Author: Tim Smith
Let’s face it, being young today is hard. Rent is expensive, food is expensive, uni is expensive and the less said about housing the better. But even if the thought of owning your own home one day seems like an unobtainable dream, don’t be put off. Saving and investing is a good habit to get into, and the earlier you begin, the greater the possible rewards.
Start sooner rather than later
Compound interest is a strange and powerful force that, over time, can make a huge difference to your investment. If you start saving while still young, even if it’s only a regular small amount, you have time on your side to grow your money. A little saved now can add up to a large amount years down the line, especially with the help of compound interest.
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What should you do before investing in stocks?
Before you go racing off, it’s a good idea to make sure that your finances are in good shape. While there’s not much you can do in the short term about a student loan hanging over your head, you can make sure that your other bills are paid and your credit card doesn’t have a mountain of debt.
There’s not much point in making a killing on the stock market if the power company is going to shut off your lights. If you’re in a stable enough position that you can afford to set aside a few hundred dollars, you can start having a look at what’s available out in finance land.
Ways to invest
There is a seemingly endless array of ways you can invest your money. No matter your interests, financial goals or ethics, there will be an investment opportunity suited to you. Hiring a financial adviser can also be a great way to identify what’s right for you, but can be pricey.
Related article: Free Financial Advice in NZ: A Guide on Where To Find It
Ultimately everyone’s financial situation is different, and an investment that suits your friend might not be a good fit for you. But here are some of the most common ways to invest and what they offer:
An oldie but a goodie! Shares are still a big part of many people’s portfolios. Buying and selling shares can be a bit intimidating for a first-time trader, and it generally requires a bit more involvement than some of the other options. However, typically, what it does give you is direct control over your investment, and you can pick and choose exactly what you want to hold.
The mantra of buy low, sell high remains true today, but it’s not the only way to cash in on stocks. You can also receive dividends if the company makes a profit. Buying individual shares is perhaps not the most beginner-friendly method. And you’ll need to consider the risk element involved in this type of investing. However, it’s often easily customisable to your needs and interests.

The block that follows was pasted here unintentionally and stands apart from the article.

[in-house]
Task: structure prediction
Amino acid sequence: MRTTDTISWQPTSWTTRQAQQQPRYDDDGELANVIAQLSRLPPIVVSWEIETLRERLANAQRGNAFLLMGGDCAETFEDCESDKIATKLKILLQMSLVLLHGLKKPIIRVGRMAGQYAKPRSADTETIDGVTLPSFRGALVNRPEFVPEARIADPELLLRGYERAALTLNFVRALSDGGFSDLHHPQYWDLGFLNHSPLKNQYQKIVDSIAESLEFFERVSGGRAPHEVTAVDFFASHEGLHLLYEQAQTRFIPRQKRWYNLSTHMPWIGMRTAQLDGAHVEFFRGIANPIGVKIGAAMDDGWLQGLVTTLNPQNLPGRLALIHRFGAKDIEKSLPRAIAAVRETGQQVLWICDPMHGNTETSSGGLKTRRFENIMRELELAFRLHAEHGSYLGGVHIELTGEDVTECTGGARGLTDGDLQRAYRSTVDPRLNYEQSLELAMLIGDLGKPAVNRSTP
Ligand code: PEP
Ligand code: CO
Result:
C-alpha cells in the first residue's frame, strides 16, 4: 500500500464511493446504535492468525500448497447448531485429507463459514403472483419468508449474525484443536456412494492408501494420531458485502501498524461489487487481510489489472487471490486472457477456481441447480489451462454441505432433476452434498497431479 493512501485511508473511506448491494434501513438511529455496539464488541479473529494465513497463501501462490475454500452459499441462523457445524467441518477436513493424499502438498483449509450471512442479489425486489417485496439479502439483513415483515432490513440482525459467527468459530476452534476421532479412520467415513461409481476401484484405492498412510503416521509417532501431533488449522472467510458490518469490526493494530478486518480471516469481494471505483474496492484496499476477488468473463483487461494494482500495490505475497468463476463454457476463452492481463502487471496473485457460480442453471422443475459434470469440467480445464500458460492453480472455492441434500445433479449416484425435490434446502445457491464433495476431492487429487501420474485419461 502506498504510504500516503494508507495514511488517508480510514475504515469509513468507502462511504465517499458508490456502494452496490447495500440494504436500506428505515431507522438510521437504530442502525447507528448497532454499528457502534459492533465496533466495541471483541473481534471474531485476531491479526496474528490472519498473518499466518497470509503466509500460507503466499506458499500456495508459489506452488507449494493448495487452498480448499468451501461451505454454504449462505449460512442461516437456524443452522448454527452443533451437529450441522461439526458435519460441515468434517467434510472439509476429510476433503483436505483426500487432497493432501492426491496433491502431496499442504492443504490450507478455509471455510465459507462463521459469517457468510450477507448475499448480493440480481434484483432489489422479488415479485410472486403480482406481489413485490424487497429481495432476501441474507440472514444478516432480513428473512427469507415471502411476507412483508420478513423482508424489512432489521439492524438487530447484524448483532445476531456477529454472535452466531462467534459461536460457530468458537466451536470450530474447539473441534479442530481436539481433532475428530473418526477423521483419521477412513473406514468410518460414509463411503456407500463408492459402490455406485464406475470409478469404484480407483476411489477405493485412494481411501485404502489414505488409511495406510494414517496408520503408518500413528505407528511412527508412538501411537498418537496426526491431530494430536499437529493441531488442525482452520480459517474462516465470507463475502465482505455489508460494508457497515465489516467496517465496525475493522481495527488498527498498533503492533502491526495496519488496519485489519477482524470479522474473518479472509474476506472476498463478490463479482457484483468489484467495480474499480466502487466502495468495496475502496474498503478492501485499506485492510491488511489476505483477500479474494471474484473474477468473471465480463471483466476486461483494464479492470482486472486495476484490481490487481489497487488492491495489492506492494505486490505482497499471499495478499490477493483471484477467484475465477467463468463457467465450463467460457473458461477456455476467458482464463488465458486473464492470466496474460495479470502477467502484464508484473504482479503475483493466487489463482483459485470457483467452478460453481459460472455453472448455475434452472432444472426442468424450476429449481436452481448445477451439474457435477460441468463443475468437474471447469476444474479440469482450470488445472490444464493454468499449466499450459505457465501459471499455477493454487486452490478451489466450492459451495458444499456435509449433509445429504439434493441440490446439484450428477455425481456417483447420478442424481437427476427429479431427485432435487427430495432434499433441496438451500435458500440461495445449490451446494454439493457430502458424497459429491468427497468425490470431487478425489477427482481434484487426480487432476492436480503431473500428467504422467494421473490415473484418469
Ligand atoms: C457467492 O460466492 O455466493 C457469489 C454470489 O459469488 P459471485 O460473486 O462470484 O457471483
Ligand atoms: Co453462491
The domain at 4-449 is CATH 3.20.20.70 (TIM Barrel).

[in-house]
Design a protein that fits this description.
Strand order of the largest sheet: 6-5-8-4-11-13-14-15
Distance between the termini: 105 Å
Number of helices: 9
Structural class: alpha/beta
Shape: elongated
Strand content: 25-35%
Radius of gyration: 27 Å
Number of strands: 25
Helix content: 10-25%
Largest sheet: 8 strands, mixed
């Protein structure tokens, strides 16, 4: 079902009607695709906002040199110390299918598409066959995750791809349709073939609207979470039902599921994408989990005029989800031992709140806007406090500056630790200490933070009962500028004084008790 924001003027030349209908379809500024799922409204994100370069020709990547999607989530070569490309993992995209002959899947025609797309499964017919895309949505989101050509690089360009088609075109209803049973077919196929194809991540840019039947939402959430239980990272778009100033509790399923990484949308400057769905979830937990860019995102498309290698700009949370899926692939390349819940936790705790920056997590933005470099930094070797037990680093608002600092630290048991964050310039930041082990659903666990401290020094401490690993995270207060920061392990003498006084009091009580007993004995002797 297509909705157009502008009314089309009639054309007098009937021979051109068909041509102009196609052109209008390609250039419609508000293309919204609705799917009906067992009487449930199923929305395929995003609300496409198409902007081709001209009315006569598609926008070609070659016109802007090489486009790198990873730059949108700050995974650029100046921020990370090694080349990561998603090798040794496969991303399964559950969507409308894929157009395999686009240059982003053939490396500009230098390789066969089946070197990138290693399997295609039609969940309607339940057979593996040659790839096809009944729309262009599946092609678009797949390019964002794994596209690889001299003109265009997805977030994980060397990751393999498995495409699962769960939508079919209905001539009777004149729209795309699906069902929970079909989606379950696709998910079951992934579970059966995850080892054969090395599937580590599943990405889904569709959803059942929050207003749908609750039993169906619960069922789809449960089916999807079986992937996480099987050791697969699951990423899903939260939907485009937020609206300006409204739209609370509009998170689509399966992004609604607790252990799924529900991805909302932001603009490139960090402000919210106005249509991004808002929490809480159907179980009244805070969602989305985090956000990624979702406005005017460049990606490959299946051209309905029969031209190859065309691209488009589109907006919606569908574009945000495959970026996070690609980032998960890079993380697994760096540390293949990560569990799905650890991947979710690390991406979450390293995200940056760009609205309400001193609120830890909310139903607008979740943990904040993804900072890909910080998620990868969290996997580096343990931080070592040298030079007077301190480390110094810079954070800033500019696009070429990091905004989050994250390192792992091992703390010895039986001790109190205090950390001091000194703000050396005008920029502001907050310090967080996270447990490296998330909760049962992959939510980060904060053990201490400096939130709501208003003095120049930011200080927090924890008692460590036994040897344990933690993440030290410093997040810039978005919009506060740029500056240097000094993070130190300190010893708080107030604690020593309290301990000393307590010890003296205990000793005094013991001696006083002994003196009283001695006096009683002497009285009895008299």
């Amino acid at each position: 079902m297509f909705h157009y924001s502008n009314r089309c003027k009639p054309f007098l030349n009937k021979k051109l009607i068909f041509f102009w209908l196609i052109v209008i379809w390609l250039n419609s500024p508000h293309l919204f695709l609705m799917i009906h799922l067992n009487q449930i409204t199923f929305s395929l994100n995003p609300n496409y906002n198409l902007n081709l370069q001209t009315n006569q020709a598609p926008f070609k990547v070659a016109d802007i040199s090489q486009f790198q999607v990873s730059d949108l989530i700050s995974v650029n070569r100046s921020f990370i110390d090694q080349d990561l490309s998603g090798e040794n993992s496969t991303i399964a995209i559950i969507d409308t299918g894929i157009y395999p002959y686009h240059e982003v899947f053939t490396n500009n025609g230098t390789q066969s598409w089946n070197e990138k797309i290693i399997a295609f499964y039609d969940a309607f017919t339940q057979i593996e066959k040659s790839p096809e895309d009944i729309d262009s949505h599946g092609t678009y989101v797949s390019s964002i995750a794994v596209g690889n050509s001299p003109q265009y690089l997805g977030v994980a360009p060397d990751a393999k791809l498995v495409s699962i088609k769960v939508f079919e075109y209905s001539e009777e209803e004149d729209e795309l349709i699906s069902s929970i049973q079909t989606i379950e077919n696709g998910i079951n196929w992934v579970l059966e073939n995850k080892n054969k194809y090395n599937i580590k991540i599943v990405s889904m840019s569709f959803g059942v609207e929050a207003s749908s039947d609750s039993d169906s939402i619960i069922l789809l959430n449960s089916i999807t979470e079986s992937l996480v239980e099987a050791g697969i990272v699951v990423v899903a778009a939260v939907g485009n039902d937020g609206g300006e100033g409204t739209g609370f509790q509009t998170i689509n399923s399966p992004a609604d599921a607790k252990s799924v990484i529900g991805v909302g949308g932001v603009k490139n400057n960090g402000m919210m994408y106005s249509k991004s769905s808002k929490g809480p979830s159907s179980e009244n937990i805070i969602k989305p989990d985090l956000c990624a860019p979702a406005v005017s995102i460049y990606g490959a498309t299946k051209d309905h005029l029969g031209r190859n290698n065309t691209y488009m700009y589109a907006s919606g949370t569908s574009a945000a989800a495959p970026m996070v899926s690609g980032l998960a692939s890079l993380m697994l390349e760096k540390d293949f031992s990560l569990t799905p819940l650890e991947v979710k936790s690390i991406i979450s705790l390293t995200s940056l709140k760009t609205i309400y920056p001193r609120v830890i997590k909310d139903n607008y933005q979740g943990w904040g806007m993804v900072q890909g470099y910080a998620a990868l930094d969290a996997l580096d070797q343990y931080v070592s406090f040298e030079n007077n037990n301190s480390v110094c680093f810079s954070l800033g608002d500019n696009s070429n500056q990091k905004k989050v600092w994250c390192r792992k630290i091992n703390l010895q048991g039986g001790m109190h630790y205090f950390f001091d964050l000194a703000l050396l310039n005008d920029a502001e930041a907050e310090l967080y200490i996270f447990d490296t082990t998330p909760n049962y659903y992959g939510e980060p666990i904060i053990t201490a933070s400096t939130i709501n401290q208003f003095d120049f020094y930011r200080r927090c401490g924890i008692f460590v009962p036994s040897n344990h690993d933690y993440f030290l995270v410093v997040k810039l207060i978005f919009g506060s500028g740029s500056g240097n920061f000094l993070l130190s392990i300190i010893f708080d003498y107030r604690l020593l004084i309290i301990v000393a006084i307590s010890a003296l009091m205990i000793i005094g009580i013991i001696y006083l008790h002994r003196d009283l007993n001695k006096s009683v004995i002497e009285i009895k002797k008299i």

Exchange-Traded Funds (ETFs)
Bought and sold like shares, an ETF is actually a pool of money from many different investors that is then used to buy shares across a portion of the market. The dividends are then passed on to you, the investor.
ETFs seek to replicate an index. For instance, an ETF may track an index containing a number of the largest stocks listed on a stock exchange, such as the S&P/NZX 50 Index, with the value of its units rising and falling in line with the index.
So, every time you invest in an ETF, you are in effect making a small investment in each of the funds captured in the index. ETFs are a fairly straightforward investment option, and cover a wide variety of market sectors, but can never outperform the index it tracks. You can invest in NZ ETFs, or overseas ETFs, via an online share trading platform.
Related article: A Beginner’s Guide to Exchange-Traded Funds
A managed fund pools your money like an ETF, but instead of passively tracking an index, it is actively overseen by a manager who tries to make the best return they can for you by choosing what stocks to buy and sell. A managed fund will have a particular strategy that the fund manager employs, like investing in high-risk shares or low-risk government bonds.
The fund manager hopes to outperform the market with their strategy, but there is always the risk they will under-perform. Nevertheless, these funds are another popular investment option for those just starting out.
If you’ve a KiwiSaver account, and contribute regularly, you are already an investor! And the responsibility of ensuring you’re getting the best returns is all yours. So take the time to review your KiwiSaver and to compare it with other providers. You’ll soon have a clear picture of whether you’re happy with your choice of KiwiSaver provider and your returns.
Ultimately, the more informed you are as a KiwiSaver investor, the better the decisions you’ll be able to make, which should help you build more funds towards retirement or that all-important first-home deposit.
And this is where Canstar can help. Our KiwiSaver dynamic comparison tables put all the information you need at your fingertips, from average five-year returns to fees.
‘Future you’ will thank you
Diving into the world of investments can seem a scary and confusing thing to do, but it is never too early to start. Consider your interests and needs and how much you have to invest. And while buying a house might be a few years away, you can at least start saving for it, or at least start making your money work harder for you.